Mains Paper: 2 | Governance
Prelims level: Motor Vehicles Act
Mains level: States should reconsider their opposition to amendments to the Motor Vehicles Act
• India’s Motor Vehicles Act, 1988 which governs motor vehicles and transport lacks the provisions necessary to manage fast motorization.
• It is unable to improve road safety, ensure an orderly use of vehicles and expand public transport.
• The Motor Vehicles (Amendment) Bill was passed by the Lok Sabha in 2017 and is pending in the Rajya Sabha.
The Constitutional Framework
• The subject is in the Concurrent List of the Indian Constitution so Parliament can make a law defining powers available to the States.
• Some State governments are concerned about Sections 66A and 88A.
• It will let the Centre form a National Transportation Policy by consultation without concurrence.
• This will allow Centrally-drafted schemes to be issued for national, multi-modal and interstate movement of goods and passengers, for rural mobility and even last-mile connectivity.
Steps needs to be taken by the central government as well as state governments
• The several States have opposed the provisions as being anti-federal.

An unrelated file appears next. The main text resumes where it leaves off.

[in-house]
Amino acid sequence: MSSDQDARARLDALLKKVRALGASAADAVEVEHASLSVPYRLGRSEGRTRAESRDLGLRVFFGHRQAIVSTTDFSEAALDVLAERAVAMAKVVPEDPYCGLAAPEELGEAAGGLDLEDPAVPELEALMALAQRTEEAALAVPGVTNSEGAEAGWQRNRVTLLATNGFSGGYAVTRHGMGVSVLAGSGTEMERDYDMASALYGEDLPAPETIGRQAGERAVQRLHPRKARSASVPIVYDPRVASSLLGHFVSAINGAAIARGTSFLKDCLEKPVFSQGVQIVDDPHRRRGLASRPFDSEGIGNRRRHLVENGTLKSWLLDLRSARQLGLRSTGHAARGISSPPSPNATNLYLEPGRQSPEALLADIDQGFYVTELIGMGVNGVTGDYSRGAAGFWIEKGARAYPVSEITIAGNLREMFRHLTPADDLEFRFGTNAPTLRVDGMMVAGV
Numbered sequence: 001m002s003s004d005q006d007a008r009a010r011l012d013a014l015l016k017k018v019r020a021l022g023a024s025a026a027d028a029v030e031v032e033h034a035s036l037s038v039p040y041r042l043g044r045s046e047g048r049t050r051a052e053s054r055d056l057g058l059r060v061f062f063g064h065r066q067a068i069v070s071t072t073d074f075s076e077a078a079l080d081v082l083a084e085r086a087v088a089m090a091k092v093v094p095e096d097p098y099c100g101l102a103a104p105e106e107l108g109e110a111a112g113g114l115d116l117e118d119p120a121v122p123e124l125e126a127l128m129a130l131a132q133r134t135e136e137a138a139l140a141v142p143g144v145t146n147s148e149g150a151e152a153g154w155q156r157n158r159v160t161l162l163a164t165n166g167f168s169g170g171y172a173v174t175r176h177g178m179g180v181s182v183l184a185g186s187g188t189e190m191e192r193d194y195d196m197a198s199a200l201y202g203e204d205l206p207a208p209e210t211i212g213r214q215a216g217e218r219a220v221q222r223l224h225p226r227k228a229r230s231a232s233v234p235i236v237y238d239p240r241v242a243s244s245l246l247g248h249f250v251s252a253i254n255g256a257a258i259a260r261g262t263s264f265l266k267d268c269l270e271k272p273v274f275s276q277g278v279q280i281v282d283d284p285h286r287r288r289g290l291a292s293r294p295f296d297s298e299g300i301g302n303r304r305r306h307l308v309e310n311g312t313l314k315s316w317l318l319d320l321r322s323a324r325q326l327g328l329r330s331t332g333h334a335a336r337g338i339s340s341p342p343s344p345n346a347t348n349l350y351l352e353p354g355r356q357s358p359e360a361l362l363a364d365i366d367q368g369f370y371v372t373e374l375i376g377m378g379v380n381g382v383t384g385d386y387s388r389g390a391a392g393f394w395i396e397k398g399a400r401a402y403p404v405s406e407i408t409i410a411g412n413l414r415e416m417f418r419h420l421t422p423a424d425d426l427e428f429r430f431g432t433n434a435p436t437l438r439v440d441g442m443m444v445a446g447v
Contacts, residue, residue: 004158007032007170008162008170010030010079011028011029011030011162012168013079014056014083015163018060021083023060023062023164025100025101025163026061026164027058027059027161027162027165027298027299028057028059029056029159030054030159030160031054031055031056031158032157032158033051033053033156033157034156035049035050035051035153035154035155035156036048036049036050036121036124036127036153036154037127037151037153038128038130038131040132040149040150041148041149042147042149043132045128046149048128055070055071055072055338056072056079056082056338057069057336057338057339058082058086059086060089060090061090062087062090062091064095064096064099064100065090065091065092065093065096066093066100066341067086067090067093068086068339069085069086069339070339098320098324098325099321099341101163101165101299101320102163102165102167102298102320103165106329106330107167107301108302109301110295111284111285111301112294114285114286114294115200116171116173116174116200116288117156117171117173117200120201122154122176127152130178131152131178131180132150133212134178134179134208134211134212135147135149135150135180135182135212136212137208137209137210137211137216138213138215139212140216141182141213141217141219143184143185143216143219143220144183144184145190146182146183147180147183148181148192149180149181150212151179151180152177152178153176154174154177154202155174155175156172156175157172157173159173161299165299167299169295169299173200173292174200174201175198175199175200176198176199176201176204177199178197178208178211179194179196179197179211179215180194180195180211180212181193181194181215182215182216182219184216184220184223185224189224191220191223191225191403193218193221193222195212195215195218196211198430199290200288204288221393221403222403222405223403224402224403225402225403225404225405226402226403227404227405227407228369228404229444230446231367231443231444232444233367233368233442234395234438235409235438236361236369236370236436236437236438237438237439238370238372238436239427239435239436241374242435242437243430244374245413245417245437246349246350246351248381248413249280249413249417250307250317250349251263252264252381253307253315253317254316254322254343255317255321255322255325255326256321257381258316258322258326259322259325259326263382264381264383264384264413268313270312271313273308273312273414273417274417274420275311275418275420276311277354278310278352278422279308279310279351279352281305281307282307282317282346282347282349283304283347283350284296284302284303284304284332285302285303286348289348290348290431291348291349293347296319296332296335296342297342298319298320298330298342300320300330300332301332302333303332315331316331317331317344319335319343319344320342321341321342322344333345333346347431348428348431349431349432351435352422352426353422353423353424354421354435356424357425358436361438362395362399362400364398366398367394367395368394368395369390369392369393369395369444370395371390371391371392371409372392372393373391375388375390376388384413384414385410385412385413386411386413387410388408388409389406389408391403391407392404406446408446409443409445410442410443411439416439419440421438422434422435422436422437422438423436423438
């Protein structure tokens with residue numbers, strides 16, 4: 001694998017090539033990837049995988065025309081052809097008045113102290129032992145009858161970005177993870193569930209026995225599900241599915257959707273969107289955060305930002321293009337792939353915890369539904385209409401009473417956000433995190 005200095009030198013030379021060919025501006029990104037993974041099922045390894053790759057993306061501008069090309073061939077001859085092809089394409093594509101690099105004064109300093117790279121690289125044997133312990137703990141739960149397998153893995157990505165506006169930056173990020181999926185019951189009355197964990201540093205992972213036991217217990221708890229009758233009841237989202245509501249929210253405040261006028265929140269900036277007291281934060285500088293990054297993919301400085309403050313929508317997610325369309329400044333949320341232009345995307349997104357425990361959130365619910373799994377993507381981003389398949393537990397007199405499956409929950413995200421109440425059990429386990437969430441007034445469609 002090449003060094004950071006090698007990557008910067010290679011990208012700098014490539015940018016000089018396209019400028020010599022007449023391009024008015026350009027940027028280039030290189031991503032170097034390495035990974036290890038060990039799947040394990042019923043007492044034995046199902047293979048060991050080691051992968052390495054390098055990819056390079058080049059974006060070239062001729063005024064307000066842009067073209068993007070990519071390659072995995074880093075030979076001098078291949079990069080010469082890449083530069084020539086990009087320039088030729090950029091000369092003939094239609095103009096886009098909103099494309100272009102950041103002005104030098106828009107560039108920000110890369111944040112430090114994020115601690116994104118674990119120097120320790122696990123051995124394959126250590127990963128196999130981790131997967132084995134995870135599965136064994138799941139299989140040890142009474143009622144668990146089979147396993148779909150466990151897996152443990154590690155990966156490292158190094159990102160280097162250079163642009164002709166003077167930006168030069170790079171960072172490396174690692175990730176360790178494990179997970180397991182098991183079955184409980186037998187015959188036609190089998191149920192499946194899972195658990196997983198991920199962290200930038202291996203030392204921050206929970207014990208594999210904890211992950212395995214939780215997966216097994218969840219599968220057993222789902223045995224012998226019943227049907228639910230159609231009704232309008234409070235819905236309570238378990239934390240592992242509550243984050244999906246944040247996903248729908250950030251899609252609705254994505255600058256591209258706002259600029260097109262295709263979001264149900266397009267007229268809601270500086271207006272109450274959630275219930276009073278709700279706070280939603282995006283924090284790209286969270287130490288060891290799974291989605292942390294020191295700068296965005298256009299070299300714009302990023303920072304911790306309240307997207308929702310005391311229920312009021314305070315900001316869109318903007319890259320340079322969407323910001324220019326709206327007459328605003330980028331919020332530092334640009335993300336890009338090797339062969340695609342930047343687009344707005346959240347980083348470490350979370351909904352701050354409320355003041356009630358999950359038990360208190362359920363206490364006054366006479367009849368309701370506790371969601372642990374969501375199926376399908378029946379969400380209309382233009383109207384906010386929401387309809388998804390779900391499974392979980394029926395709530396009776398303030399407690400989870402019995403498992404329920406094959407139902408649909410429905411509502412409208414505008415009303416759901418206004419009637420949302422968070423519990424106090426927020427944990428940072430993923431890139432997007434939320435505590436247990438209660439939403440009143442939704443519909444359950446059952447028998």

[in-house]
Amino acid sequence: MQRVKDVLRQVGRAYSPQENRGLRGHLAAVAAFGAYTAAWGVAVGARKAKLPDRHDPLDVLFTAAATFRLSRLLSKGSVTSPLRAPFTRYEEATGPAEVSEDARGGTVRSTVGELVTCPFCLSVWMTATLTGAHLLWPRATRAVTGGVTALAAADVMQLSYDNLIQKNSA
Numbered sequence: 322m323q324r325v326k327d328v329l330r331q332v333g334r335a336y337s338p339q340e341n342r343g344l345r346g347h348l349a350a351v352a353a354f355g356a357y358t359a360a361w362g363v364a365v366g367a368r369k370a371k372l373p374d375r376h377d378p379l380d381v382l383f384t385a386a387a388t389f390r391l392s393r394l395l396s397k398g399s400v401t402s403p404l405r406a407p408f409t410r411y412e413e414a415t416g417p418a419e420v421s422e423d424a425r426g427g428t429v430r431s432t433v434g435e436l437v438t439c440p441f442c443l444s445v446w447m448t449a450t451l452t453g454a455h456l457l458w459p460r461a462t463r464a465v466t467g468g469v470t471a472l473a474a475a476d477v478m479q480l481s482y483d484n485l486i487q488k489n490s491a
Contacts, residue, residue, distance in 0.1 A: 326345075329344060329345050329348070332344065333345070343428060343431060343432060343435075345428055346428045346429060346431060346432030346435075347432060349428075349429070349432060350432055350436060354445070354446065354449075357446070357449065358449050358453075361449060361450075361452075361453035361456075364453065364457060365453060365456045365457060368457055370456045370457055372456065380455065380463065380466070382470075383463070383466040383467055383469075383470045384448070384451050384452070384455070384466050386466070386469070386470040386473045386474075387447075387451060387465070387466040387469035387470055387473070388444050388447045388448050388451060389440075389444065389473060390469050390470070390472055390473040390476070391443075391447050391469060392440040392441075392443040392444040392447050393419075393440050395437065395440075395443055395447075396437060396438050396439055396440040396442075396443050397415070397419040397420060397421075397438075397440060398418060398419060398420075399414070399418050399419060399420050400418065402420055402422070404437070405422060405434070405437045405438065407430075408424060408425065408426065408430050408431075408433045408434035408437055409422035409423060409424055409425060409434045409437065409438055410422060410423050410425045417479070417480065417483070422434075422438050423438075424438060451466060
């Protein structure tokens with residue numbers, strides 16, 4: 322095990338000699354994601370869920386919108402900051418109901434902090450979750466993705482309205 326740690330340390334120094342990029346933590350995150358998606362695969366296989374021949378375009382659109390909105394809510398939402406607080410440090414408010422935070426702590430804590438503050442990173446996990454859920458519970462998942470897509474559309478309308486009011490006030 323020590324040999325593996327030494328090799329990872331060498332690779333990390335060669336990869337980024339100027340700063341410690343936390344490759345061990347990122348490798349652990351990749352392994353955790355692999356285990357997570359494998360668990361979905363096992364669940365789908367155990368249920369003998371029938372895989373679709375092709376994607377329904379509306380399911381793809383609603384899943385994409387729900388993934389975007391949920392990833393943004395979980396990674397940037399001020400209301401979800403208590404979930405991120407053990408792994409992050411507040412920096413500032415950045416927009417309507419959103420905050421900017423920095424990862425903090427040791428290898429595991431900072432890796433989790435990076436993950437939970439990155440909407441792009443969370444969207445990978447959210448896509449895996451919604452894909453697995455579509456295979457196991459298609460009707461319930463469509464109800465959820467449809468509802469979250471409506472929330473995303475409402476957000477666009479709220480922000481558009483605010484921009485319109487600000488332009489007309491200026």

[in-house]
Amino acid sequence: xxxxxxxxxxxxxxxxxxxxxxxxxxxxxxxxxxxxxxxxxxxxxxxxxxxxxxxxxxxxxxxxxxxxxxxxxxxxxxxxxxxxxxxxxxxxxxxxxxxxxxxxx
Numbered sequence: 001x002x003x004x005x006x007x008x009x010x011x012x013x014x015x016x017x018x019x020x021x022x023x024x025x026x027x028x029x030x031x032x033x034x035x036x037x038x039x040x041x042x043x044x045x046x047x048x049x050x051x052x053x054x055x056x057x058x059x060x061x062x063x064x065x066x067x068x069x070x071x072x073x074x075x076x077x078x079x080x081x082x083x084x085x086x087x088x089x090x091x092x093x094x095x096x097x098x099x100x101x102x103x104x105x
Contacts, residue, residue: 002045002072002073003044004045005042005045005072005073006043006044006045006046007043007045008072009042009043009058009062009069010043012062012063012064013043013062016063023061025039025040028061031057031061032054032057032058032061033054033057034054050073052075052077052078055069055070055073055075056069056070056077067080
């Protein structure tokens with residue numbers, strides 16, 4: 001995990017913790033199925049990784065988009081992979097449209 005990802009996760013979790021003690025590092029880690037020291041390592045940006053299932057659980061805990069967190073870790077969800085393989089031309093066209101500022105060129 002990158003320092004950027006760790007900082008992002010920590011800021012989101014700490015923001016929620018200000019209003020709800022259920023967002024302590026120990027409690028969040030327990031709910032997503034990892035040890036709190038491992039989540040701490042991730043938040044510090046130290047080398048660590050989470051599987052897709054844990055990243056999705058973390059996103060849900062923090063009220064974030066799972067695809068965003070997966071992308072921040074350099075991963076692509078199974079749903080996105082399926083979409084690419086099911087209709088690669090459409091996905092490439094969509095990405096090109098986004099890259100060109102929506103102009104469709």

• Amendments related to Road safety cannot work without strong enforcement by the States.
• Doing nothing is not an option.
• Investments made in the urban metro rail systems cannot work in the absence of last-mile connectivity services.
• Use of well-run bus services to operate across States with suitable permit charges is a need for a growing economy like India.
• The bill aims to reduce corruption at Regional Transport Offices by allowing dealers to directly register new vehicles and online applications for driving licenses.
• Enforcement, zero tolerance and increasing penalties need to the focus.
• Use of technology like CCTV monitoring cannot produce results when there is no professional accident investigation agency.